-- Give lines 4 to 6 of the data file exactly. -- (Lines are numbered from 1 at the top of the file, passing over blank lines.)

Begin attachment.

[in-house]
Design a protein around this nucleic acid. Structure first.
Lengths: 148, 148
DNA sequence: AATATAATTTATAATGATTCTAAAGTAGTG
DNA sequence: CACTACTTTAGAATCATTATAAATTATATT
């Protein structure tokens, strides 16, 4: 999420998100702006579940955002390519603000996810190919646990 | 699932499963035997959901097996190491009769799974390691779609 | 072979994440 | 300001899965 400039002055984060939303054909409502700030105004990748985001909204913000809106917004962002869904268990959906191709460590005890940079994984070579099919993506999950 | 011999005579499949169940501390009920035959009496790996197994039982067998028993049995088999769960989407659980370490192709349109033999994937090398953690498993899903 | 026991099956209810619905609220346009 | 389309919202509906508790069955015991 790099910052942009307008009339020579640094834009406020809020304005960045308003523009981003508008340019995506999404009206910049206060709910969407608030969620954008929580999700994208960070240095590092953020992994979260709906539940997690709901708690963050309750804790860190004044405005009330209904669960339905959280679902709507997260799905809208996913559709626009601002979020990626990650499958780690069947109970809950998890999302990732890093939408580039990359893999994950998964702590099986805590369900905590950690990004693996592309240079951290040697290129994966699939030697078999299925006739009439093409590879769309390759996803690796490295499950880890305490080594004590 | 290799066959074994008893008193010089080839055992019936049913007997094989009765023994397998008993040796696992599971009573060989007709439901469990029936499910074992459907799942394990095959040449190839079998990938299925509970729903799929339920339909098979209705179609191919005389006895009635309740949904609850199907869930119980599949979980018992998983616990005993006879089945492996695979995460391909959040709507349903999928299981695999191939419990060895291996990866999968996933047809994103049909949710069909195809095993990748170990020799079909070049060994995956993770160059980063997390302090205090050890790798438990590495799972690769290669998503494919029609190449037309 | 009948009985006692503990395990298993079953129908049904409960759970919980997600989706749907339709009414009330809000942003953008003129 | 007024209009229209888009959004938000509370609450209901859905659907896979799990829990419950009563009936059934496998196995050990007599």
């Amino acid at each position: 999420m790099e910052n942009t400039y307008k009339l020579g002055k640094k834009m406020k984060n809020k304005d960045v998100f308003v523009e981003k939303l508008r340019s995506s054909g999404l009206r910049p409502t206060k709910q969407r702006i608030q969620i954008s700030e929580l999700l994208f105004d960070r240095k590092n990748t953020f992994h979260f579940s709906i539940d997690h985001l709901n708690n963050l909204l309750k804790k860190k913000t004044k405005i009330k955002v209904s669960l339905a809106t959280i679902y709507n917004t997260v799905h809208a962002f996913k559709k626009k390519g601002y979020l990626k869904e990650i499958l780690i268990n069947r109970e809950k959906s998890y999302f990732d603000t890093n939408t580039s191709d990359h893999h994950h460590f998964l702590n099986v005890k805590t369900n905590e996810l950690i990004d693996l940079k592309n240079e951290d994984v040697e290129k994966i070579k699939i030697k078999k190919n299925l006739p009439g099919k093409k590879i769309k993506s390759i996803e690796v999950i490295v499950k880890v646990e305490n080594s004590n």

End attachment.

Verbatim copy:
DNA sequence: AATATAATTTATAATGATTCTAAAGTAGTG
DNA sequence: CACTACTTTAGAATCATTATAAATTATATT
């Protein structure tokens, strides 16, 4: 999420998100702006579940955002390519603000996810190919646990 | 699932499963035997959901097996190491009769799974390691779609 | 072979994440 | 300001899965 400039002055984060939303054909409502700030105004990748985001909204913000809106917004962002869904268990959906191709460590005890940079994984070579099919993506999950 | 011999005579499949169940501390009920035959009496790996197994039982067998028993049995088999769960989407659980370490192709349109033999994937090398953690498993899903 | 026991099956209810619905609220346009 | 389309919202509906508790069955015991 790099910052942009307008009339020579640094834009406020809020304005960045308003523009981003508008340019995506999404009206910049206060709910969407608030969620954008929580999700994208960070240095590092953020992994979260709906539940997690709901708690963050309750804790860190004044405005009330209904669960339905959280679902709507997260799905809208996913559709626009601002979020990626990650499958780690069947109970809950998890999302990732890093939408580039990359893999994950998964702590099986805590369900905590950690990004693996592309240079951290040697290129994966699939030697078999299925006739009439093409590879769309390759996803690796490295499950880890305490080594004590 | 290799066959074994008893008193010089080839055992019936049913007997094989009765023994397998008993040796696992599971009573060989007709439901469990029936499910074992459907799942394990095959040449190839079998990938299925509970729903799929339920339909098979209705179609191919005389006895009635309740949904609850199907869930119980599949979980018992998983616990005993006879089945492996695979995460391909959040709507349903999928299981695999191939419990060895291996990866999968996933047809994103049909949710069909195809095993990748170990020799079909070049060994995956993770160059980063997390302090205090050890790798438990590495799972690769290669998503494919029609190449037309 | 009948009985006692503990395990298993079953129908049904409960759970919980997600989706749907339709009414009330809000942003953008003129 | 007024209009229209888009959004938000509370609450209901859905659907896979799990829990419950009563009936059934496998196995050990007599």